SpaceX's Falcon Heavy eyed by Europe/Japan [teslarati.com]
According to RussianSpaceWeb, SpaceX's Falcon Heavy rocket is under serious consideration for launches of major European and Japanese payloads associated with the Lunar Orbital Platform-Gateway (formerly the Deep Space Gateway).
[...] The first payload considering Falcon Heavy for launch services is the Japanese Space Agency's (JAXA) HTV-X, and upgraded version of a spacecraft the country developed to assist in resupplying the International Space Station (ISS). HTV-X is primarily being designed with an ISS-resupply role still at the forefront, but RussianSpaceWeb recently reported that JAXA is seriously considering the development of a variant of the robotic spacecraft dedicated to resupplying the Lunar Orbital Platform-Gateway (LOPG; and I truly wish I were joking about both the name and acronym).
[...] Regardless of the LOPG's existential merits, a lot of energy (and money) is currently being funneled into planning and initial hardware development for the lunar station's various modular segments. JAXA is currently analyzing ways to resupply LOPG and its crew complement with its HTV-X cargo spacecraft, currently targeting its first annual ISS resupply mission by the end of 2021. While JAXA will use its own domestic H-III rocket to launch HTV-X to the ISS, that rocket simply is not powerful enough to place a minimum of ~10,000 kg (22,000 lb) on a trans-lunar insertion (TLI) trajectory. As such, JAXA is examining SpaceX's Falcon Heavy as a prime (and affordable) option: by recovering both side boosters on SpaceX's drone ships and sacrificing the rocket's center core, a 2/3rds-reusable Falcon Heavy should be able to send as much as 20,000 kg to TLI (lunar orbit), according to comments made by CEO Elon Musk.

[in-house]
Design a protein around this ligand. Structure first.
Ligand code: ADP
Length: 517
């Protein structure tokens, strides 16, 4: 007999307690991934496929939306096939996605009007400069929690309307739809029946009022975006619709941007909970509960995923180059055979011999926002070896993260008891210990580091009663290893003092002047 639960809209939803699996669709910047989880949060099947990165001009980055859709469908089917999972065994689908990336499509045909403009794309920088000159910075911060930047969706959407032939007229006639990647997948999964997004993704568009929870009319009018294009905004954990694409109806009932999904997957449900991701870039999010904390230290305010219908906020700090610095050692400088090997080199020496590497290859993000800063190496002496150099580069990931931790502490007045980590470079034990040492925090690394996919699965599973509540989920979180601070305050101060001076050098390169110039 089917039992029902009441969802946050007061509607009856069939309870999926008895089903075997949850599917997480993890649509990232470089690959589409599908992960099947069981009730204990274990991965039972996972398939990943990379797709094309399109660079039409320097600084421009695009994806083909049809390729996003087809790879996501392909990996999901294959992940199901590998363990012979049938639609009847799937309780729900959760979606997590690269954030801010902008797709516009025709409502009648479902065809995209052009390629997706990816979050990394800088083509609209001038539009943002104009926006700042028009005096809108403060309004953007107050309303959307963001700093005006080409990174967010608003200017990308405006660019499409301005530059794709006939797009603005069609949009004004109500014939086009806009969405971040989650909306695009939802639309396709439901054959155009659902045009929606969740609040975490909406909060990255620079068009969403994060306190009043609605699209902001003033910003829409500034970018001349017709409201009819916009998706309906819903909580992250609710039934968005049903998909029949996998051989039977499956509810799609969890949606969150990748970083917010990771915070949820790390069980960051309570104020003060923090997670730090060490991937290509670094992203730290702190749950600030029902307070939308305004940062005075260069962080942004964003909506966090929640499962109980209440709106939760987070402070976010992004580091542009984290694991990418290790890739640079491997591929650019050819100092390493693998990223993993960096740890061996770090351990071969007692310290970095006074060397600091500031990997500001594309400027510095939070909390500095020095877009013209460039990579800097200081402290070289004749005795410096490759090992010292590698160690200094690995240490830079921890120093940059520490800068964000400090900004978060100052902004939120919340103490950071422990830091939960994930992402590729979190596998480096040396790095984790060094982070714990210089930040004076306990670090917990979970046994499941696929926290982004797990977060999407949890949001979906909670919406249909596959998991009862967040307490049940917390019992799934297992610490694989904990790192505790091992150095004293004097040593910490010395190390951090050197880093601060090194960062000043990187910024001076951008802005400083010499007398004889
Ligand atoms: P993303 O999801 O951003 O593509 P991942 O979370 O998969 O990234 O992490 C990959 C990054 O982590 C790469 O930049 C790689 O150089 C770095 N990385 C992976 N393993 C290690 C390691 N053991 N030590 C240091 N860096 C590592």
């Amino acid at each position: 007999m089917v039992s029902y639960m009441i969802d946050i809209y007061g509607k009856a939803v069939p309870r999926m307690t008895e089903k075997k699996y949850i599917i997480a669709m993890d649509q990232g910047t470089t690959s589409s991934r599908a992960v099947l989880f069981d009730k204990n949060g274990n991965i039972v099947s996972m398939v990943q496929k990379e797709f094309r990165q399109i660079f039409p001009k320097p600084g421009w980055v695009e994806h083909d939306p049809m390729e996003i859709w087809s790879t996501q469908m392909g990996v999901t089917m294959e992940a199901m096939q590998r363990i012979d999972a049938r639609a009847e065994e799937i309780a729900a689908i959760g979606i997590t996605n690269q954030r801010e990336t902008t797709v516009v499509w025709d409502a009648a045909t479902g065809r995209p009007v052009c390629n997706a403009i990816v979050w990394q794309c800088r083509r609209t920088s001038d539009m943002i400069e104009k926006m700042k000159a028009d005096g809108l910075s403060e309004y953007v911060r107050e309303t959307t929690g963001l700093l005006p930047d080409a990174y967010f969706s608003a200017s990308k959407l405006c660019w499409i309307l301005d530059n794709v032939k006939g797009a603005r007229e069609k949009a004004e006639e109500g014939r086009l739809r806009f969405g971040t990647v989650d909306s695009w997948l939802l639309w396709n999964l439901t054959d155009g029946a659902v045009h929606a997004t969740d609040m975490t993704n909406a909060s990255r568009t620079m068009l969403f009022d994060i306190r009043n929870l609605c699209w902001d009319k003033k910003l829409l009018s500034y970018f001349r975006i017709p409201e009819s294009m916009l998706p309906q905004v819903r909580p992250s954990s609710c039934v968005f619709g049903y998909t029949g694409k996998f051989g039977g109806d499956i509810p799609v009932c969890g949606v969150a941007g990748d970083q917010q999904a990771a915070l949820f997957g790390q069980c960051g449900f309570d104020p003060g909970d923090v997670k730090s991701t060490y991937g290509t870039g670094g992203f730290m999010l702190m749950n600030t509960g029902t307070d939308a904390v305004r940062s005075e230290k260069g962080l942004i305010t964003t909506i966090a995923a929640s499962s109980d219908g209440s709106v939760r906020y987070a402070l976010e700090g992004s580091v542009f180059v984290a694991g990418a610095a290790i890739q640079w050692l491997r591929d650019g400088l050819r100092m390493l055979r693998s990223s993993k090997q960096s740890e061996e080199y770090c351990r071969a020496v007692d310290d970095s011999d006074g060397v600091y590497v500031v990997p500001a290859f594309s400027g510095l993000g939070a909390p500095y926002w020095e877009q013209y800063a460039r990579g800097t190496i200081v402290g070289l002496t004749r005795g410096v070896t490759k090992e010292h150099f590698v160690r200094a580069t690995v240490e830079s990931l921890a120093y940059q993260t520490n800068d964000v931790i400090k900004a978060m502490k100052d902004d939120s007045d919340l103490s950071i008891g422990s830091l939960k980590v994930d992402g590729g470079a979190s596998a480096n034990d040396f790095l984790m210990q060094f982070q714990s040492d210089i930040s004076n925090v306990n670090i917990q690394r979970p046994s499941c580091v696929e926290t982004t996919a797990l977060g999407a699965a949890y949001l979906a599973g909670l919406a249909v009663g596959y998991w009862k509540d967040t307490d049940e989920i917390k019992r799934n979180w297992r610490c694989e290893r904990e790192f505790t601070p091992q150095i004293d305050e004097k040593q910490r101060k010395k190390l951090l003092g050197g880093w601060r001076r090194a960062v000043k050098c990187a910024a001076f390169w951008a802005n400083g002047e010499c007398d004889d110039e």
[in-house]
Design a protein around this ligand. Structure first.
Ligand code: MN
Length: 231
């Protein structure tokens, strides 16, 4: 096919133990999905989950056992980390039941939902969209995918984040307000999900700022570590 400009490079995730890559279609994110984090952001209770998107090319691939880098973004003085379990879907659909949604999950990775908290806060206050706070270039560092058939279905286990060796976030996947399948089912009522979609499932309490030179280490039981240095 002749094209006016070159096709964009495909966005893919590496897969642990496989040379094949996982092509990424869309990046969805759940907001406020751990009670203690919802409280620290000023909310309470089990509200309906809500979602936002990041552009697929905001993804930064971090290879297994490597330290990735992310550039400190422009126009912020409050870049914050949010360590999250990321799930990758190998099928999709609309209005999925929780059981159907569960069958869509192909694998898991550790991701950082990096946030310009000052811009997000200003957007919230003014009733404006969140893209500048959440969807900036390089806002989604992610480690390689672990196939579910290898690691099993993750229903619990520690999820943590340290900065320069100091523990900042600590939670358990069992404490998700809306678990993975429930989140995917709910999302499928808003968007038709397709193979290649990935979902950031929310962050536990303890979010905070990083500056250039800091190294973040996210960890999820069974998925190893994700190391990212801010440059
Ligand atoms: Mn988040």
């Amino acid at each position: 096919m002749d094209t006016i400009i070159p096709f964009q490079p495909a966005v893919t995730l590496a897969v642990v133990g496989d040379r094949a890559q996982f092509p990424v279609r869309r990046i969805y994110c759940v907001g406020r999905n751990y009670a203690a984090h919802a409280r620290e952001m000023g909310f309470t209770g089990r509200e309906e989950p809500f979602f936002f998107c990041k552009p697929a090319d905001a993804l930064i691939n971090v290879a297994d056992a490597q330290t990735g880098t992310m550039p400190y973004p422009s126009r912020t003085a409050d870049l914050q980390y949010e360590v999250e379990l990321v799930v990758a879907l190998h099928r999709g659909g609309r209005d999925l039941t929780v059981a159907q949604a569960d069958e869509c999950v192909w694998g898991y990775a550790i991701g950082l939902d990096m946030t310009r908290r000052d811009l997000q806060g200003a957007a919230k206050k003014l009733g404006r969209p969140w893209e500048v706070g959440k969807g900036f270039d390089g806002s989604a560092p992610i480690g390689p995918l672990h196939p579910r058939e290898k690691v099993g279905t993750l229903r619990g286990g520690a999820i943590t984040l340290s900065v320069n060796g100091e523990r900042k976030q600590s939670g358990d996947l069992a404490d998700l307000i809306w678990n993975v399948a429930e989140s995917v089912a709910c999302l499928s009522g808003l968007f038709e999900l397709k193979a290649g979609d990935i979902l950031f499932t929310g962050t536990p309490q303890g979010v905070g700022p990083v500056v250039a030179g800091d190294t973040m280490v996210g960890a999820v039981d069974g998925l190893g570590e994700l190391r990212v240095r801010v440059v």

That impressive performance would also be needed for another LOPG payload [russianspaceweb.com], this time for ESA's 5-6 ton European System Providing Refueling Infrastructure and Telecommunications (ESPRIT) lunar station module. That component is unlikely to reach launch readiness before 2024, but ESA is already considering Falcon Heavy (over its own Ariane 6 rocket) in order to save some of the module's propellant. Weighing 6 metric tons at most, Falcon Heavy could most likely launch ESPRIT while still recovering all three of its booster stages.
Previously: NASA's Chief of Human Spaceflight Rules Out Use of Falcon Heavy for Lunar Station [soylentnews.org]
Related: NASA and International Partners Planning Orbital Lunar Outpost [soylentnews.org]
Russia Assembles Engineering Group for Lunar Activities and the Deep Space Gateway [soylentnews.org]
This Week in Space Pessimism: SLS, Mars, and Lunar Gateway [soylentnews.org]